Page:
The Future of Business: More Women in the Workforce


Women outnumber men in the workforce for the second time in history. Discover what has fueled the shift to more women in the workforce.

In December 2019, for the second time in history, women in the workforce outnumbered men. The first time the number of women in the paid workforce topped 50 percent was in early 2010 in the aftermath of the Great Recession.

The U.S. Bureau of Labor Statistic’s Employment Situation for December 2019 reported that total nonfarm payroll employment rose by 145,000. Women took 139,000 of those jobs, which brought their share of the workforce to slightly 50.04 percent of jobs.

The shift toward more women in the workforce—though slight—is expected to continue.

Trends Leading to More Women in the Workforce

“One reason for the trend towards more women in the workforce is the increase over the last few decades of women earning college degrees,” says Andreas Wilderer, a business coach and author of Lean On: The Five Pillars Of Support For Women in Leadership.

“In 1981, for the first time, women received more bachelor’s degrees than men, according to the National Center for Education Statistics. More recently, 57 percent of college degrees earned in 2017 were earned by women,” says Wilderer.

“Increasing access to education will likely lead to more women—and people in general—entering and reentering the workforce at different ages and from different socioeconomic classes,” adds Mada Seghete, co-founder and head of strategy at Branch, a deep linking and mobile attribution platform.

Fast-Growing Female-Dominated Industries

A trend that has led to more women in the workforce is the increase in fast-growing industries that historically attract a majority of women workers. (Think education and healthcare.)

“Careers and professions that were traditionally male-driven or female-driven have flipped or are balancing out into a healthy mix of representation,” says Joshua Goldstein, an immigration lawyer and founder of Goldstein Immigration Lawyers.

“You see this in many verticals, including healthcare, marketing, business administration, tech and slowly but surely, law,” he says. “I believe you’re going to see more and more roles changing as time goes on.”

It’s important for business owners to understand that women are going to be an increasingly vital part of the workforce going forward. This isn’t a phase or a statistical aberration. It’s a trend that’s accelerating and here to stay.

—Greg Baumgartner, owner, Baumgartner Law Firm

Another area were women dominate is human resources, notes Joseph Quan, CEO at Twine, a company offering analytics software for HR personnel and CEOs.

“Women make up a majority of HR professionals, managers and senior leaders,” he says. “A vast majority—80 percent or more—of Chief People Officers we work with are women. The most innovative companies are rapidly elevating the HR function, bringing more and more women into the C-suite.”

Necessity for Dual-Income Households

Another factor leading to more women in the workforce is the fact that many families require a dual income.

“According to data from the US Bureau of Labor Statistics, in 2018, 48.8 percent of families in the US were dual income,” says Wilderer. “The traditional idea that women need to stay home and take care of the house and kids is not the predominant reality anymore.”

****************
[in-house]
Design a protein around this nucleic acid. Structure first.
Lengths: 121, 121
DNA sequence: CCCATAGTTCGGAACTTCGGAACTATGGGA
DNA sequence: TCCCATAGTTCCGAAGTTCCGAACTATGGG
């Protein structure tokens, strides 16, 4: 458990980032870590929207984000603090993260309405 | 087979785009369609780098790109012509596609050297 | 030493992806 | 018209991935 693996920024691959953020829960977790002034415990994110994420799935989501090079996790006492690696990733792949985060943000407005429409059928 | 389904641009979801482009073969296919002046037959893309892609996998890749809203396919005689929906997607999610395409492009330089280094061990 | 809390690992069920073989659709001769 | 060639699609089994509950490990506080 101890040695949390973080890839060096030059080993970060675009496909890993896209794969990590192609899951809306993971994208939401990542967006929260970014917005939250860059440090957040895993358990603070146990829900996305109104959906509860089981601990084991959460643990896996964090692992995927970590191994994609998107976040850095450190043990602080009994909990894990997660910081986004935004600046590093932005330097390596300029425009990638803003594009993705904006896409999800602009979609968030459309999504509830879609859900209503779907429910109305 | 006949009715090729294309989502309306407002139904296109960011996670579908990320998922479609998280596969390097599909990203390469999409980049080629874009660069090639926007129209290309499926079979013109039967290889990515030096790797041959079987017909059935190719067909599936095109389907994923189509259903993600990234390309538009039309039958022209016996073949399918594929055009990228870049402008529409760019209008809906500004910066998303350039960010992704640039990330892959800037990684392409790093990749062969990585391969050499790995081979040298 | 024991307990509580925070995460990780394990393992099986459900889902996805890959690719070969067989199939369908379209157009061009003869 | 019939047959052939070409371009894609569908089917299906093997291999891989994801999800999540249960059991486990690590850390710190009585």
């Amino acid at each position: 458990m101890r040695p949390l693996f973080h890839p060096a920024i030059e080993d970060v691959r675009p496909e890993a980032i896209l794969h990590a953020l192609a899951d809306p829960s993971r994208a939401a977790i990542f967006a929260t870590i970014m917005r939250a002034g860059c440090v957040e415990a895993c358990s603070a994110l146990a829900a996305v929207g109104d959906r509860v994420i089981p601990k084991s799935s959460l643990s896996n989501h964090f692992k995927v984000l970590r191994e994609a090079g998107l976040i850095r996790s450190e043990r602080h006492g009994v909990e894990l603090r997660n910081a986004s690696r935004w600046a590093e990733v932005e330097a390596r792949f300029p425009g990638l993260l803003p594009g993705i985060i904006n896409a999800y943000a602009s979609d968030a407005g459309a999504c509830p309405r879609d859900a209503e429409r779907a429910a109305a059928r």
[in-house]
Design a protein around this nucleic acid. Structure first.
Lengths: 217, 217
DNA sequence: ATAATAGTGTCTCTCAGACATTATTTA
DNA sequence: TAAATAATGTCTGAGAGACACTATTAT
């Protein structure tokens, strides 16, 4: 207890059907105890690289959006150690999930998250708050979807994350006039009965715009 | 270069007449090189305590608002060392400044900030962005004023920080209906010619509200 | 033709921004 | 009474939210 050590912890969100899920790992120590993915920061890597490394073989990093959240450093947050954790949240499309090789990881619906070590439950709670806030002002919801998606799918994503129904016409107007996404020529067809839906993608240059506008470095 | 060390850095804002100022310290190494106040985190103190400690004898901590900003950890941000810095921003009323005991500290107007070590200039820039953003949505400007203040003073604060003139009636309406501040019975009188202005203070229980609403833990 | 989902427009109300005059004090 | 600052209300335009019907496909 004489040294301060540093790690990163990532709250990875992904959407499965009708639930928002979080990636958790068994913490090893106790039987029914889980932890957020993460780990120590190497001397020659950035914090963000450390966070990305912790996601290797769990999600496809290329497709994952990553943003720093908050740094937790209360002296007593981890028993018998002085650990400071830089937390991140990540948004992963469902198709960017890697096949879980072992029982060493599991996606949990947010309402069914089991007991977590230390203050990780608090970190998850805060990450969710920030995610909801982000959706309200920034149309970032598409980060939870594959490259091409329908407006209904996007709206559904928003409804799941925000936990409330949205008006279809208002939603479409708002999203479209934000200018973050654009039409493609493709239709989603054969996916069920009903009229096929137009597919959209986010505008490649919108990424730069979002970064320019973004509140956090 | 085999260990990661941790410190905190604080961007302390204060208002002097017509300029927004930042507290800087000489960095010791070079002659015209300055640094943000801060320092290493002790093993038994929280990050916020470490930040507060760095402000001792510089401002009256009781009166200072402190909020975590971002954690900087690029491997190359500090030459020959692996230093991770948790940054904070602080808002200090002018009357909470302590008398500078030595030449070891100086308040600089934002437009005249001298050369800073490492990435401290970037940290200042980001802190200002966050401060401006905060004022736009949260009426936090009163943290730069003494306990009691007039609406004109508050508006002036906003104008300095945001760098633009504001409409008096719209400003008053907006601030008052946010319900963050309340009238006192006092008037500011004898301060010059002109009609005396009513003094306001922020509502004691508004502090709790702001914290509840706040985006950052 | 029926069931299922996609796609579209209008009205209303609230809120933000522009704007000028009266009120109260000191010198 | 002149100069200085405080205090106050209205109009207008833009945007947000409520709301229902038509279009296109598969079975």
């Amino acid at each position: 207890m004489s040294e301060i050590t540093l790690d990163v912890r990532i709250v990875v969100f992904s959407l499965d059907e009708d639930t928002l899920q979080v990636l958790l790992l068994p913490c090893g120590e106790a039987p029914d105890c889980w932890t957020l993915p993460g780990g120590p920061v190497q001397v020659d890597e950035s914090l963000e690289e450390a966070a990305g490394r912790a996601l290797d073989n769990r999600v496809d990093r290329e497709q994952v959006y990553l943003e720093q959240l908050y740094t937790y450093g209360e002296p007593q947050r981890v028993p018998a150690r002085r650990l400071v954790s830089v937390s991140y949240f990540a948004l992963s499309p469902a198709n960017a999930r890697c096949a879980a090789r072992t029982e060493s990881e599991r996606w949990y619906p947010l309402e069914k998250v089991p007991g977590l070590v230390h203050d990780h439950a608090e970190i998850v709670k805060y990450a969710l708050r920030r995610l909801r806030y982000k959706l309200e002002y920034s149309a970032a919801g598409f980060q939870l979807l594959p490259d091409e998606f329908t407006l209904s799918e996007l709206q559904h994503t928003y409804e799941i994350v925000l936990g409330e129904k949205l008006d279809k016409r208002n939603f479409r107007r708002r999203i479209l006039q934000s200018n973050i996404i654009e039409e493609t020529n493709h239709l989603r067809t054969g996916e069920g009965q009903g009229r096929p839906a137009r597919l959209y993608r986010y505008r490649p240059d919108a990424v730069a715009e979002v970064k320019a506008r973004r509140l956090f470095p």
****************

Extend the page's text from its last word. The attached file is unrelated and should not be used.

Rise in Acceptance of Remote Work

A major contributor to the rise in women in the workforce is the continued increase in remote work, believes Quan.

“One of the big drivers we’ve seen for professional workers has been the rise and acceptance of remote work,” he says.

“In areas like engineering, design, and even sales, the proven success of remote distributed teams has had a profound impact,” Quan continues. “Remote work allows for more flexibility managing life necessities, like childcare. We’ve seen more and more candidates—women and men alike—who won’t consider accepting a role if it doesn’t allow for at least partial remote work.”

Talent Shortage

“The lack of talent has also pushed employers to be more creative and flexible in who they hire,” says Larry Rubin, senior partner with Gregory Sparzo at Talent Partners, an executive search and human capital consulting company. “When talent is scarce, employers are more likely to hire workers from a wide variety of backgrounds.”

The increasing participation of women in the workforce is helping companies find qualified staff members, agrees personal injury lawyer Greg Baumgartner, owner of Baumgartner Law Firm.

“When you consider that industries of every type are seeing valuable members of their teams retire and leave the workforce, taking their hard-won-skills and experience with them, it’s fortunate that we’re finally tapping into the vast pool of talented female workers,” he says.

“Here in the legal profession, we’ve suffered from a lack of female workforce participation for decades,” continues Baumgartner. “Law firms were traditionally male-dominated and top-heavy, which made it a tough road for female lawyers to rise through the ranks and find success. Now, though, it’s obvious the gap in the numbers of male and female lawyers is all but gone amongst my younger colleagues. The profession should soon come into balance.”

“It’s important for business owners to understand that women are going to be an increasingly vital part of the workforce going forward,” says Baumgartner. “This isn’t a phase or a statistical aberration. It’s a trend that’s accelerating and here to stay.”

This article first appeared in

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Julie Bawden Davis

Writer/Author/Publisher/Speaker, Garden Guides Press

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